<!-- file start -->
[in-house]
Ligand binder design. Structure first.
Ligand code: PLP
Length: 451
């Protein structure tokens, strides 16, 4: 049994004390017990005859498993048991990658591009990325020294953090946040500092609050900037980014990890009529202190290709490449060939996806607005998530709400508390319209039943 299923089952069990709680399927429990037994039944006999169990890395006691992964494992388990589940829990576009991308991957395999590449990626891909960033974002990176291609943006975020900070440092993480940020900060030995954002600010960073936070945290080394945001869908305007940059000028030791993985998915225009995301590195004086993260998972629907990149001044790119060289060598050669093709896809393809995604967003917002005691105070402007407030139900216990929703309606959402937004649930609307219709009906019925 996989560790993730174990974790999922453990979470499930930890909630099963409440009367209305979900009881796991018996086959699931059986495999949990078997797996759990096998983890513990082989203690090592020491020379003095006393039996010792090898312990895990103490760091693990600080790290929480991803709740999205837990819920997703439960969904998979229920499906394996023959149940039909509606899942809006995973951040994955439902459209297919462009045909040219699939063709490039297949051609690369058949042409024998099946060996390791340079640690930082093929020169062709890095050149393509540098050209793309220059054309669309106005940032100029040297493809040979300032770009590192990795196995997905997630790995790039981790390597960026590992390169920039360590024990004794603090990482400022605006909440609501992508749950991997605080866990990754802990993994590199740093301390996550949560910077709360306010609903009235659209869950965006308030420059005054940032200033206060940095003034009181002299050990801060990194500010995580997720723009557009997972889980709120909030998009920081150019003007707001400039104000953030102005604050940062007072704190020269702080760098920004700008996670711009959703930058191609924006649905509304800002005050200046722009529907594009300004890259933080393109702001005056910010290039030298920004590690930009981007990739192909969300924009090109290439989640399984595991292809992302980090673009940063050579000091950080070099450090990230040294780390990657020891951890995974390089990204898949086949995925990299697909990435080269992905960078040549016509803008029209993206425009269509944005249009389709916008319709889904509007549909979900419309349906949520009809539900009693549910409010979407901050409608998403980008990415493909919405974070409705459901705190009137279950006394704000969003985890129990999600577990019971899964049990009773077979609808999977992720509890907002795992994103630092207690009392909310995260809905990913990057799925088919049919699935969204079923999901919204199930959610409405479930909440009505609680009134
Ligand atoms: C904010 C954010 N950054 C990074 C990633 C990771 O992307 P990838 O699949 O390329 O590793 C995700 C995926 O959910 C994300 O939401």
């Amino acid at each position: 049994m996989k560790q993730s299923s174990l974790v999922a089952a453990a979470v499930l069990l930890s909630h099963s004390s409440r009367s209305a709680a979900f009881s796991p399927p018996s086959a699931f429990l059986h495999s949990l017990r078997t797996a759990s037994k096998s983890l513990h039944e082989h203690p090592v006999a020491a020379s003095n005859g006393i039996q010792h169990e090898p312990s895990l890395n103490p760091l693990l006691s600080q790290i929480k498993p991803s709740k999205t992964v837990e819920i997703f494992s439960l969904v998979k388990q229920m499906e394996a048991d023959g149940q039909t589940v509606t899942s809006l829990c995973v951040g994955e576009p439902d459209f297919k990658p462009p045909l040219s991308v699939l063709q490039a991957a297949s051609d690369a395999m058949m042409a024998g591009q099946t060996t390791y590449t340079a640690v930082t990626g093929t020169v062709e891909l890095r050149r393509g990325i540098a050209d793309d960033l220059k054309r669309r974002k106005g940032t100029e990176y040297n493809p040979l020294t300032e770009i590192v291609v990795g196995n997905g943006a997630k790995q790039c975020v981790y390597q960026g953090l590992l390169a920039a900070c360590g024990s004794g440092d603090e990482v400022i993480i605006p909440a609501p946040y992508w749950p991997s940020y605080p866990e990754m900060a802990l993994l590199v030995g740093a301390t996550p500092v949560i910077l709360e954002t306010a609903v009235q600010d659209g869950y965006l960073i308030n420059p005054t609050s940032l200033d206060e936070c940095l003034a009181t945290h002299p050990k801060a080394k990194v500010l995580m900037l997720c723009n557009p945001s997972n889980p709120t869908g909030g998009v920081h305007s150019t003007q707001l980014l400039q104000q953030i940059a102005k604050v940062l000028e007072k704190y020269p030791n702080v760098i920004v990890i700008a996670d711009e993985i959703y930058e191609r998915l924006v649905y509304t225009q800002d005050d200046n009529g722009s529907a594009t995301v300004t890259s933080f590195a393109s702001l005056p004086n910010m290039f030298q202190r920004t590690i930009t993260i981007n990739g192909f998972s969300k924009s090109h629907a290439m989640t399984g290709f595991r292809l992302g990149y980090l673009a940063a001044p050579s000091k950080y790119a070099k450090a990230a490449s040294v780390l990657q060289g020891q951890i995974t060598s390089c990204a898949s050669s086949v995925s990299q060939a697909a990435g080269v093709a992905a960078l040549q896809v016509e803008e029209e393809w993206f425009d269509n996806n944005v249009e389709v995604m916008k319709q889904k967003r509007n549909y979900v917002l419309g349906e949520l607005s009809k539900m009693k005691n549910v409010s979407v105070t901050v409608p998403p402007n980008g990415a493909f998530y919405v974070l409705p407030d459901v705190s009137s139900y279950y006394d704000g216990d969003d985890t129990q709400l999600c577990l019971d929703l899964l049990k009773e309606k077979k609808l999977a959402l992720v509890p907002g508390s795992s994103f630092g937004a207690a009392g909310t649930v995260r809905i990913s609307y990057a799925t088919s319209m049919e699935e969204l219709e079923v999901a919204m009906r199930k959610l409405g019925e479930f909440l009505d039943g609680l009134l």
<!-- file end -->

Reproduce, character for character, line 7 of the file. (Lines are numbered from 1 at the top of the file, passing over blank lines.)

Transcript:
């Amino acid at each position: 049994m996989k560790q993730s299923s174990l974790v999922a089952a453990a979470v499930l069990l930890s909630h099963s004390s409440r009367s209305a709680a979900f009881s796991p399927p018996s086959a699931f429990l059986h495999s949990l017990r078997t797996a759990s037994k096998s983890l513990h039944e082989h203690p090592v006999a020491a020379s003095n005859g006393i039996q010792h169990e090898p312990s895990l890395n103490p760091l693990l006691s600080q790290i929480k498993p991803s709740k999205t992964v837990e819920i997703f494992s439960l969904v998979k388990q229920m499906e394996a048991d023959g149940q039909t589940v509606t899942s809006l829990c995973v951040g994955e576009p439902d459209f297919k990658p462009p045909l040219s991308v699939l063709q490039a991957a297949s051609d690369a395999m058949m042409a024998g591009q099946t060996t390791y590449t340079a640690v930082t990626g093929t020169v062709e891909l890095r050149r393509g990325i540098a050209d793309d960033l220059k054309r669309r974002k106005g940032t100029e990176y040297n493809p040979l020294t300032e770009i590192v291609v990795g196995n997905g943006a997630k790995q790039c975020v981790y390597q960026g953090l590992l390169a920039a900070c360590g024990s004794g440092d603090e990482v400022i993480i605006p909440a609501p946040y992508w749950p991997s940020y605080p866990e990754m900060a802990l993994l590199v030995g740093a301390t996550p500092v949560i910077l709360e954002t306010a609903v009235q600010d659209g869950y965006l960073i308030n420059p005054t609050s940032l200033d206060e936070c940095l003034a009181t945290h002299p050990k801060a080394k990194v500010l995580m900037l997720c723009n557009p945001s997972n889980p709120t869908g909030g998009v920081h305007s150019t003007q707001l980014l400039q104000q953030i940059a102005k604050v940062l000028e007072k704190y020269p030791n702080v760098i920004v990890i700008a996670d711009e993985i959703y930058e191609r998915l924006v649905y509304t225009q800002d005050d200046n009529g722009s529907a594009t995301v300004t890259s933080f590195a393109s702001l005056p004086n910010m290039f030298q202190r920004t590690i930009t993260i981007n990739g192909f998972s969300k924009s090109h629907a290439m989640t399984g290709f595991r292809l992302g990149y980090l673009a940063a001044p050579s000091k950080y790119a070099k450090a990230a490449s040294v780390l990657q060289g020891q951890i995974t060598s390089c990204a898949s050669s086949v995925s990299q060939a697909a990435g080269v093709a992905a960078l040549q896809v016509e803008e029209e393809w993206f425009d269509n996806n944005v249009e389709v995604m916008k319709q889904k967003r509007n549909y979900v917002l419309g349906e949520l607005s009809k539900m009693k005691n549910v409010s979407v105070t901050v409608p998403p402007n980008g990415a493909f998530y919405v974070l409705p407030d459901v705190s009137s139900y279950y006394d704000g216990d969003d985890t129990q709400l999600c577990l019971d929703l899964l049990k009773e309606k077979k609808l999977a959402l992720v509890p907002g508390s795992s994103f630092g937004a207690a009392g909310t649930v995260r809905i990913s609307y990057a799925t088919s319209m049919e699935e969204l219709e079923v999901a919204m009906r199930k959610l409405g019925e479930f909440l009505d039943g609680l009134l």